This was a HUGE deal for me as I’m totally afraid of flying. Even on big passenger jets, which I use as little as possible, I’m stressing and feeling sick and clutching at the arm rests at the slightest movement. I’ve even been known to call out loudly, “are we going down?”, which probably doesn’t make for a particularly fun flight if you’re unfortunate enough to find yourself sitting next to me..
So going up in something much smaller, and actually taking over the controls, was filling me with ‘you’re going to die’ level of fear. But it was a really important challenge for me to undertake. My character in Clouds is a daring female pilot and I want to be able to do her justice. I feel I can’t play such a pioneer without experiencing what it’s actually like to control a plane myself.

The lesson had already been rescheduled twice due to low clouds (ironic!) but luckily on Tuesday the weather was clear, bright and not too windy. I arrived at Barton and met my instructor. I was given a headset with a little microphone to wear during the flight so we could hear each other. Not going to lie, it felt a bit like being on TV or in a film (nerd). We went to the control tower to write down the details of our plane and which runway we’d be using. There’s actually plenty of traffic up in the sky, although it looks pretty empty and peaceful from the ground, so it’s important to get these details and times to avoid collisions. Then it was time to get in…

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The plane felt quite flimsy. It was much smaller than a car; a little box under big white wings with two seats side by side. The inside was a bit car-like I suppose, with windows either side and a sun shield you could fold down. I was instructed to strap myself in and give the door a good thump to make sure it was firmly shut.
There were lots of checks to perform before we started up: dials had to be in the right place, switches had to be tested, seat belts checked. Then it was safe to start up the engine.

It wasn’t actually as loud as I was expecting (though I don’t know what I was expecting… a Spitfire? A Jet? Who knows with my mind at this point). On the ground, you control the steering with foot pedals which is a bit mind bending to get your head around. You want to use the control wheel, like you would if you were driving a car, but instead it’s all in the feet. I was told to direct us out so I took up the pedals. Our trundles down to and away from the runway were a bit wobbly but I did my best.

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The engine was revved up a bit to help us take off. It felt like we weren’t going fast enough to ever get up into the sky, but of course we did. The going up wasn’t so bad. It was the levelling off. Every tiny pocket of air, every little rise or drop felt hugely amplified and sent a burst of fear shooting through me. It would be calm for a stretch but then there’d come another burst of the plane bumping and wobbling in the air. This feeling never eased off through our time in the air and was the worst part of the experience for me. Luckily, my instructor was lovely and told me lots about the plane and the area we were flying over (towards Blackpool) to distract me.

The view was AMAZING. That was definitely my favourite part of the flight. The north west is actually really green! You notice that there’s actually far more fields stretching out around you than built up areas when you’re up that high! We flew over the abandoned Camelot theme park which looked particularly captivating and poignant, the rusting rollercoaster track slowly decaying in the bright sunshine.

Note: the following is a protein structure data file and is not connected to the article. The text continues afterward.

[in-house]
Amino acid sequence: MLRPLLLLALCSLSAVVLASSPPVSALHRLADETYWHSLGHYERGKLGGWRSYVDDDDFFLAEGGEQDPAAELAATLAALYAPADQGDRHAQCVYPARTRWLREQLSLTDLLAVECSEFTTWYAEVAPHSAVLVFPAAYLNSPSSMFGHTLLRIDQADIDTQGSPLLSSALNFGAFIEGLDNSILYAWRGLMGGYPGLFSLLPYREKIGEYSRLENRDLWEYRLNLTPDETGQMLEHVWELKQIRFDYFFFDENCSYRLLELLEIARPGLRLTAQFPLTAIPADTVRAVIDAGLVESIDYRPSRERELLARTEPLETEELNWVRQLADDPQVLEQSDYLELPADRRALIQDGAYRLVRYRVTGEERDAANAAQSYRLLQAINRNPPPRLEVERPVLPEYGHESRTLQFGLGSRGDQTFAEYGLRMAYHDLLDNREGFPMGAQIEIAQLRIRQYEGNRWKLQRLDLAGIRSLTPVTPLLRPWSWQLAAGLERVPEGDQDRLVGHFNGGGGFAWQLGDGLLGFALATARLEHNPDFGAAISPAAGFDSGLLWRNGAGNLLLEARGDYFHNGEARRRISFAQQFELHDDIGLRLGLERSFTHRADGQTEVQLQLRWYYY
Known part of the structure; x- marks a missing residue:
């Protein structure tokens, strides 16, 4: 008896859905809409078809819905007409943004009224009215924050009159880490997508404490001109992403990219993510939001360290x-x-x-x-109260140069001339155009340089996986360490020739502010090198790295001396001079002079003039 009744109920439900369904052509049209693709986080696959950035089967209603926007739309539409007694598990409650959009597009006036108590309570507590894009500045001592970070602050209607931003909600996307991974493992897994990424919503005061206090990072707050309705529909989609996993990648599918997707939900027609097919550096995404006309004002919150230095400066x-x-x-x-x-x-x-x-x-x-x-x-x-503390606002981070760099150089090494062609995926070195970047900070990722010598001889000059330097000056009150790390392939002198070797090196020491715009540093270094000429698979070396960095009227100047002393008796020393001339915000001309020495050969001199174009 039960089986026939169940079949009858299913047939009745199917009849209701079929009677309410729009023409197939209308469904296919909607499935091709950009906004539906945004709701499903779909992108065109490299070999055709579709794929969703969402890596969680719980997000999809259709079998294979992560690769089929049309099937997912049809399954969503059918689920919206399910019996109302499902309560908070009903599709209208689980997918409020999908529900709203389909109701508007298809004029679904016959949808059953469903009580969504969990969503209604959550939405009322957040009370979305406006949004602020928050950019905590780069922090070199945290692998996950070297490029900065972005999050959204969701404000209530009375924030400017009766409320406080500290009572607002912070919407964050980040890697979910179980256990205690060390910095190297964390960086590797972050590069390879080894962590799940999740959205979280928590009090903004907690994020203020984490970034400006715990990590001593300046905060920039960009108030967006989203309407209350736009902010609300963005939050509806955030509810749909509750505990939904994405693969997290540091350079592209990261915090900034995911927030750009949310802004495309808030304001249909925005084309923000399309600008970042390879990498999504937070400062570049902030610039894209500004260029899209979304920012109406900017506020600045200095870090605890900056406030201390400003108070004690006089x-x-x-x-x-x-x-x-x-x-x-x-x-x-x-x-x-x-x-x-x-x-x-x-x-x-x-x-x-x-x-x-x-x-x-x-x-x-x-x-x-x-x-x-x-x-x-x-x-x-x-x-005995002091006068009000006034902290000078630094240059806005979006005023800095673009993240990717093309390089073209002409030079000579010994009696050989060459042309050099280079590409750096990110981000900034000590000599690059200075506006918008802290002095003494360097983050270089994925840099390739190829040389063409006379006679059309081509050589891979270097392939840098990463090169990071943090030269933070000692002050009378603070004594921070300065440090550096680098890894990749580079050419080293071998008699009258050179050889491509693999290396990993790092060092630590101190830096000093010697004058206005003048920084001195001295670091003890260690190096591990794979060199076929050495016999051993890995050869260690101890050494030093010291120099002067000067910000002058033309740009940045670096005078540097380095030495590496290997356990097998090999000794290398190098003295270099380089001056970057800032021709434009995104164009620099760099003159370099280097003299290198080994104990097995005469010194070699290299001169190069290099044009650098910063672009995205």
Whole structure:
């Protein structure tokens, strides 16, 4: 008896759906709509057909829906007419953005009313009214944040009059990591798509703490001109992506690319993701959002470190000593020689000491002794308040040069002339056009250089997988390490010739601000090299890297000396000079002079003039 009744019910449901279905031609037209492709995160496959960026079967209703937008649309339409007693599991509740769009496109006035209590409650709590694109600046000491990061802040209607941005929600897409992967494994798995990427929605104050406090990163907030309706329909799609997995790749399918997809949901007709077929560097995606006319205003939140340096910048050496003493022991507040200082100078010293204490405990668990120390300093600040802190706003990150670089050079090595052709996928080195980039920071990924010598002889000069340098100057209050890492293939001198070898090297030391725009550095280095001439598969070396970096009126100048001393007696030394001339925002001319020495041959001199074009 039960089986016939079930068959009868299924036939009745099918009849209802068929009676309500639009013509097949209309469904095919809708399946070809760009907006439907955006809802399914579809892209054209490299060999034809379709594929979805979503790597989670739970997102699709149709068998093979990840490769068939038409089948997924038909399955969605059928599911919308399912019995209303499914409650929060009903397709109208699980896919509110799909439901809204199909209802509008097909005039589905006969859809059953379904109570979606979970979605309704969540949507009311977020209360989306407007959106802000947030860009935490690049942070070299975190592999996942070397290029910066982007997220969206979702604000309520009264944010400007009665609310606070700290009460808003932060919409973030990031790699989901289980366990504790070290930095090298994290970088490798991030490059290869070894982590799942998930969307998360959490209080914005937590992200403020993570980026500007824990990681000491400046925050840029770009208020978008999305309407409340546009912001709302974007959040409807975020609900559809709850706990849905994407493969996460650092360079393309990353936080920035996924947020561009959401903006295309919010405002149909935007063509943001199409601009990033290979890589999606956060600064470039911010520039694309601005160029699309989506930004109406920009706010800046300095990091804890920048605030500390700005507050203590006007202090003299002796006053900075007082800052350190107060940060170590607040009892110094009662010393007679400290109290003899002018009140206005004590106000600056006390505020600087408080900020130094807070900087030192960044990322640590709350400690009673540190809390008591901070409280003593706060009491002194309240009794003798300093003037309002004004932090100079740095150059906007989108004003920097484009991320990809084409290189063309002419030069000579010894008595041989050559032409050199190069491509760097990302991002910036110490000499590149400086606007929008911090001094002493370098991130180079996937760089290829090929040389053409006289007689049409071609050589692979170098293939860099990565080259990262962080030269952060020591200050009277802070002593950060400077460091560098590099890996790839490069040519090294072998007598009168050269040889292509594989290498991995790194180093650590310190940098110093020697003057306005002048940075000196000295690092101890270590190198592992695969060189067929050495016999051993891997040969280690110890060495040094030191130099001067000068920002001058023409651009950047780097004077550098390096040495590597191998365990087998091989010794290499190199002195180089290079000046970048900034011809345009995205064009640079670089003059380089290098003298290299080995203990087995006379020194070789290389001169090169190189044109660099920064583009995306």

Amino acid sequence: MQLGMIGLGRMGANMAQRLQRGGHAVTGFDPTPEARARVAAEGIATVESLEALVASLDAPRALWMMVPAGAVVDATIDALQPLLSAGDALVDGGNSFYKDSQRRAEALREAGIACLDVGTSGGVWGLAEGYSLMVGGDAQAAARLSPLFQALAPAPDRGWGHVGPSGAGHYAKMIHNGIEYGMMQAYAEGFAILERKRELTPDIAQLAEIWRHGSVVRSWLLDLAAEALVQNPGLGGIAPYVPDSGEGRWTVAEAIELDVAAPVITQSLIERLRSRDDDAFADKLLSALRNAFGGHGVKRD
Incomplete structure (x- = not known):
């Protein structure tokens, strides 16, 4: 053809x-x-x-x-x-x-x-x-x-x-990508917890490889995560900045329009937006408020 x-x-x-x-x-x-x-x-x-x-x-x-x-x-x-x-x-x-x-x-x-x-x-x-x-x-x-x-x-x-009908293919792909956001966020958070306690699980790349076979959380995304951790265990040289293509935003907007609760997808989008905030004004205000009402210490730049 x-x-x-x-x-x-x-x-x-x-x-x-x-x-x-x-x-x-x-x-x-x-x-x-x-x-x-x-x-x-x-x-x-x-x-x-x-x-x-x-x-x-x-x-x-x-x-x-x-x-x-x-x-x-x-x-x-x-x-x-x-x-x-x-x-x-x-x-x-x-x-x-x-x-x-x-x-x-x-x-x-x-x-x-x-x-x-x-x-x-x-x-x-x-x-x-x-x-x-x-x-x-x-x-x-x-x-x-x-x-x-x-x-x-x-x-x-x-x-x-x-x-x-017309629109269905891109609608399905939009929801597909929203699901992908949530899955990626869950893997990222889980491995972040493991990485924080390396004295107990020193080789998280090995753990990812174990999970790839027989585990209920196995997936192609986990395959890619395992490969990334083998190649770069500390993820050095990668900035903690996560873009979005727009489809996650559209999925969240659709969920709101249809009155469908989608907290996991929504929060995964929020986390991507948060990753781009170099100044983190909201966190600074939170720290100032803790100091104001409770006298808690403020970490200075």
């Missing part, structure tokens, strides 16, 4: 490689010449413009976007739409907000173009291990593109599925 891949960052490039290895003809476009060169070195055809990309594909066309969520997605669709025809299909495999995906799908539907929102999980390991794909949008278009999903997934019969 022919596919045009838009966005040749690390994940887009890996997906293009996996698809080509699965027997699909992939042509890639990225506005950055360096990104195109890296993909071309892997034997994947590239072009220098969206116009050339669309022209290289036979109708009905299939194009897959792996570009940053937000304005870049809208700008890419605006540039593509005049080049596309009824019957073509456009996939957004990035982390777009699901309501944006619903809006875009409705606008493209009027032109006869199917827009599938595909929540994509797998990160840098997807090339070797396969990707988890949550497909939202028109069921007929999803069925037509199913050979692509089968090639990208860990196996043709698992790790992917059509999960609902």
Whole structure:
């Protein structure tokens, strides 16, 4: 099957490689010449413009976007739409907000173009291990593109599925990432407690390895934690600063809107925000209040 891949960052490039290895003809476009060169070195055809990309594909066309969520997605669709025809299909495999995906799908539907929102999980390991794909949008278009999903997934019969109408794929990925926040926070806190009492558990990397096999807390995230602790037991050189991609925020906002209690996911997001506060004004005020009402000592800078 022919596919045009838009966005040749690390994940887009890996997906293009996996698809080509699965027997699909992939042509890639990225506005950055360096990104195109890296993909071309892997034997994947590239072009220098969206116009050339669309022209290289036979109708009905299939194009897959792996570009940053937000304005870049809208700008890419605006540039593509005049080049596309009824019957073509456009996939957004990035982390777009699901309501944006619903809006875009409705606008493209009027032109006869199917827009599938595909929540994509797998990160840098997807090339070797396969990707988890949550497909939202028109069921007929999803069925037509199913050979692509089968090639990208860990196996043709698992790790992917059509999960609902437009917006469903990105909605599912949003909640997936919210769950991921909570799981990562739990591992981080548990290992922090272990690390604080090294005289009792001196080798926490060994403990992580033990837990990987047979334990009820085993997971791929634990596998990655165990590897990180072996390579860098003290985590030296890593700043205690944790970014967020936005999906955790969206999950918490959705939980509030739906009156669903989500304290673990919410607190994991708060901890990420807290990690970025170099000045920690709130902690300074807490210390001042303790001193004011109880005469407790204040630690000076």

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Taking the controls was also terrifying. The first time my instructor passed over control, I passed it back in about 2 seconds flat with the professional exclamation, “I don’t like it, take it away!” But I pushed myself to have three attempts. The plane really responds to the smallest movement. It was a lot trickier than you might think just keeping it level (though the instructor made it look ridiculously easy!)

I have to say, although I was so anxious, the time passed pretty quickly. Soon we were turning round and heading back towards the airfield. I think landing was the part I’d been dreading the most but actually it was fine. We did a large rectangular circuit over the airfield before slowly descending. It felt almost like gliding (though before anyone asks, if you ever think I’m going up in something without an engine, you can think again). It was a BIG relief to be back on firm ground. There were more checks to complete upon landing before heading back to the aircraft’s stand.

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I felt relieved and elated and sweaty. People kept asking if I’d enjoyed my flight. I’m not sure enjoyed is the correct word. It was definitely a great experience that I’m so glad I managed to persuade myself to do. But there was also so much fear and anxiety, not just during the flight, but for the days leading up to it.
Once I’d handed in my headset and collected my certificate, I headed over to the Trafford Centre and treated myself to an immense Belgian waffle. The sugar was very much needed, partly because I’d not eaten much all day and partly because I was buzzing so much!

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The lesson taught me a lot and gave me plenty to think about regarding early aviation (such as in my character’s day). The smaller, slower planes must have been so wobbly. The slightest gust of wind must have been catastrophic. And the pilot’s themselves must have been so fearless to the point of being a bit mad! Imagine doing something so risky for the first time, without an established set of rules and guidelines. Aviators wouldn’t have known what to check before and after take off until something went wrong on someone else’s flight and they learned from the consequences.
On top of that, if you were a woman back then, you were also fighting against everyone’s prejudices and expectation that you were going to fail at such an ‘inappropriate’ endeavour. Truly, I have so much for those early pioneers of aviation, especially the women.

You can catch Clouds at The Pankhurst Centre in Manchester as part of the GM Fringe on Thursday 25th July and at the Edinburgh Festival Fringe Friday 2nd – Saturday 17th August at theSpace on the Mile.